EU Referendum

A generational divide

Young people and Brexit: a generational divide

Posted on 24 February 2017 by WISERD

The EU Referendum highlighted a dramatic difference of opinion regarding the most important decision facing the British electorate for a generation, with younger voters overwhelmingly supporting EU membership while their elders voted to leave. This ‘generational divide’ has been a prominent theme in the media, which has repeatedly documented the anger and sense of ‘betrayal’
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16 and 17 year-olds and the EU Referendum

Posted on 29 November 2016 by WISERD

‘Should 16- and 17-year-olds be given the right to vote’ is a topic that has been discussed a lot recently in the UK. The Scottish Independence Referendum in 2014 was a case to the point as the 16- and 17-year-olds were given the opportunity to vote and the results indicated that 89% of all 16-
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An analysis of the effect of compulsory voting on youth political apathy

Posted on 15 November 2016 by WISERD

Recent findings by WISERD have found that Millennials are the most politically disinterested generation in the history of British survey research. WISERD research examining youth political engagement in Wales has found that while young people exhibit unremarkable levels of the attitudes most commonly associated with political alienation, they demonstrate a noticeably high level of apathy
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EU Referendum Campaign Discourse and Trust

Posted on 25 July 2016 by Dr Sioned Pearce

Just 18 weeks passed between the announcement of a UK referendum on EU membership, and the vote for Brexit. In this startlingly short time an intense and competitive environment sprung-up as the two official campaigns Vote Leave and Britain Stronger in Europe made their case. Both sides quickly succumbed to name calling, dishonesties and emotional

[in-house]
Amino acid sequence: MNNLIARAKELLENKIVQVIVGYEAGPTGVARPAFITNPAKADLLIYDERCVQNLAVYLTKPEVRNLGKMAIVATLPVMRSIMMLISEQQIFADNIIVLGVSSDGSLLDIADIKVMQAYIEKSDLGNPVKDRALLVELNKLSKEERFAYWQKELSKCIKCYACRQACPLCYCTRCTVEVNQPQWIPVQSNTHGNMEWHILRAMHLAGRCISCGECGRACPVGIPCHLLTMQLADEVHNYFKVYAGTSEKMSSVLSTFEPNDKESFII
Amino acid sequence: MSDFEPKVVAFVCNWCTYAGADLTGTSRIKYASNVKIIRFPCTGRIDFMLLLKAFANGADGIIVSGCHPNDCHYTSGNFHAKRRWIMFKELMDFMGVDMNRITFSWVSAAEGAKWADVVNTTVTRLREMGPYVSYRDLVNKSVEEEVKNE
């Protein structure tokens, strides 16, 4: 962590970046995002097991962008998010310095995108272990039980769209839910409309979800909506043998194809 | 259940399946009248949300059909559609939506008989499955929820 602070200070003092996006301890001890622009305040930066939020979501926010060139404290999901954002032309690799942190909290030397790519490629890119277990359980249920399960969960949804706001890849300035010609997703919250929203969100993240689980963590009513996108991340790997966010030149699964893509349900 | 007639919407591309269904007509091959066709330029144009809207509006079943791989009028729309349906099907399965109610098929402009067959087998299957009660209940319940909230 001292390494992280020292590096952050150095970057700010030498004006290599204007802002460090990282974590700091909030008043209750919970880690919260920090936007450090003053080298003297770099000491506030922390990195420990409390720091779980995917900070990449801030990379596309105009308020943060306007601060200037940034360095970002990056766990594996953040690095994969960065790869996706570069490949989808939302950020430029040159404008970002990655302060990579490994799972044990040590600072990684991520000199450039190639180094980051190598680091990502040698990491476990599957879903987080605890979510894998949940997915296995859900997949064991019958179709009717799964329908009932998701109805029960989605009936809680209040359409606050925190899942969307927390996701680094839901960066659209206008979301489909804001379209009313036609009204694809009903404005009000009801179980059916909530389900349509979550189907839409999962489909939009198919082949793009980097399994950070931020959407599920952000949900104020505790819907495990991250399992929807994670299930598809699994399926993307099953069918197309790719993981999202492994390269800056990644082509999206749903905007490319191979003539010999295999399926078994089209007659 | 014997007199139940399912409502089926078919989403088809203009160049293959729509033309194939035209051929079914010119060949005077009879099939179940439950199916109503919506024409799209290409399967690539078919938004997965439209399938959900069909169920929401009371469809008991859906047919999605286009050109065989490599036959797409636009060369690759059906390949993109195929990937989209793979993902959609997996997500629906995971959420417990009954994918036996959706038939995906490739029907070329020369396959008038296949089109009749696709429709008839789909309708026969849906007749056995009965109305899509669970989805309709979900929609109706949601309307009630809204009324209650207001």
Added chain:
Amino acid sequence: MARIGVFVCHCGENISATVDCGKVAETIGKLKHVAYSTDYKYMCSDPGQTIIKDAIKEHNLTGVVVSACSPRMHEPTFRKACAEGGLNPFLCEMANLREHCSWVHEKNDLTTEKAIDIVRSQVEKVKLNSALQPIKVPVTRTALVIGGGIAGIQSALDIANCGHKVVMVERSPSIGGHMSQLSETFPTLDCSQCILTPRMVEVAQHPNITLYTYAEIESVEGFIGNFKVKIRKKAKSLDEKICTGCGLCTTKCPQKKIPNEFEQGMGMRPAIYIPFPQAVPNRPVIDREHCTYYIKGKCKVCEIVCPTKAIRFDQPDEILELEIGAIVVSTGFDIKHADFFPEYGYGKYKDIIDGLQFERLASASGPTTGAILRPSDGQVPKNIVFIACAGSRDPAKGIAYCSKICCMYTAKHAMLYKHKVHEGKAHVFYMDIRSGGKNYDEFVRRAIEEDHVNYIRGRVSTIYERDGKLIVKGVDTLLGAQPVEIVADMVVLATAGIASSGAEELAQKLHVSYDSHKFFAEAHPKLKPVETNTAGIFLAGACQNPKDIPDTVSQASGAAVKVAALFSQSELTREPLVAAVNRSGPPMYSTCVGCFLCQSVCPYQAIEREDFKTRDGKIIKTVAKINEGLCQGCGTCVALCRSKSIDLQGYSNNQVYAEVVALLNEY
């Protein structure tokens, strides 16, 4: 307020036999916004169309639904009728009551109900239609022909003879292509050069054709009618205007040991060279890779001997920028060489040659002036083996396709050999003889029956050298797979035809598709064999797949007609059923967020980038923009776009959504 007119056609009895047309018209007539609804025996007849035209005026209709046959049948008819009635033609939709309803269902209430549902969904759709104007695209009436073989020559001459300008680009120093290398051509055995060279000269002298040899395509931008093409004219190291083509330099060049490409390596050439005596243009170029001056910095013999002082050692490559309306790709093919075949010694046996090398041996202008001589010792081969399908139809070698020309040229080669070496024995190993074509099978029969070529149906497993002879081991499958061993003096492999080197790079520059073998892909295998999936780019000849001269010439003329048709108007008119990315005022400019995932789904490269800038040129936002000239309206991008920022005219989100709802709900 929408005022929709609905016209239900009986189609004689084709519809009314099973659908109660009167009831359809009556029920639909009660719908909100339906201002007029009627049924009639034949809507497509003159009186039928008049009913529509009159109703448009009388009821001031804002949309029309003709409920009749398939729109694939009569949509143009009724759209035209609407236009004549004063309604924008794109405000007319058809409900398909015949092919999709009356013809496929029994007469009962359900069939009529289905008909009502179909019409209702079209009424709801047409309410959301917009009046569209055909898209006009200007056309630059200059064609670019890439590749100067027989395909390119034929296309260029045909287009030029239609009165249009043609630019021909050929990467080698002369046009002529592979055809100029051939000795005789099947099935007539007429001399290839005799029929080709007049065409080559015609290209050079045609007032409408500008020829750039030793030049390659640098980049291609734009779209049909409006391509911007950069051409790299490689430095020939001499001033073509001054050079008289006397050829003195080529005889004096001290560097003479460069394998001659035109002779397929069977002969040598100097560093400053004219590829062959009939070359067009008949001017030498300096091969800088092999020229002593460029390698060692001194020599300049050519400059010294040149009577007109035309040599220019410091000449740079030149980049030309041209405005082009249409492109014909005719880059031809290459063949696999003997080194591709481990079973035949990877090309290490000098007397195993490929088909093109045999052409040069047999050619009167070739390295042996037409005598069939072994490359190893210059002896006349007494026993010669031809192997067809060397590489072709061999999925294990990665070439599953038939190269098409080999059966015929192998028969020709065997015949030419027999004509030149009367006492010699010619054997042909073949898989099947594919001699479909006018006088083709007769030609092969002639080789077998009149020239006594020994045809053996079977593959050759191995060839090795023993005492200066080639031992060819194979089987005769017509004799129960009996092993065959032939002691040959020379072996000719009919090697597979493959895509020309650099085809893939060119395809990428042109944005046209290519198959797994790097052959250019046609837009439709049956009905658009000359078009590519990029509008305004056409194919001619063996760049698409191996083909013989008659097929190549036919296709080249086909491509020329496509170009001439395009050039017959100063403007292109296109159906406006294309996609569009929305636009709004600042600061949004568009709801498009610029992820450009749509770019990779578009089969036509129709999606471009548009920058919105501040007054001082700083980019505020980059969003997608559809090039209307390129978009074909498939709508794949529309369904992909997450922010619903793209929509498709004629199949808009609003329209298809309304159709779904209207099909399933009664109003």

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Religion and the EU Referendum: After the Poll

Posted on 11 July 2016 by WISERD

Before the referendum our post on ‘Religion and the EU Referendum’ examined how preferences for the UK’s membership of the European Union were affected by the religious affiliations of Christian voters. We found notable differences between the denominations, with Anglicans, Methodists and Baptists supporting a withdrawal from the EU, Presbyterians and those of no religious
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Social media as connective action: how young people learnt about the EU referendum campaigns

Posted on 7 July 2016 by WISERD

Bennett and Segerburg write about connective action, personalised content sharing across media networks, which is different from but can be combined with the more traditional collective action or the formation and mobilisation of collective identities (for example marching against government austerity measures). Connective action for political purposes using social media to campaign, lobby and petition
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Why did Wales Brexit through the gift shop?

Posted on 4 July 2016 by WISERD

On 25th June, just two days after Britain voted to leave the EU, the small Welsh valleys town of Ebbw Vale hit the headlines (Town showered with EU cash votes to leave EU.) The article questions why a town that, like so many others in Wales, has received billions in EU funding for infrastructure and
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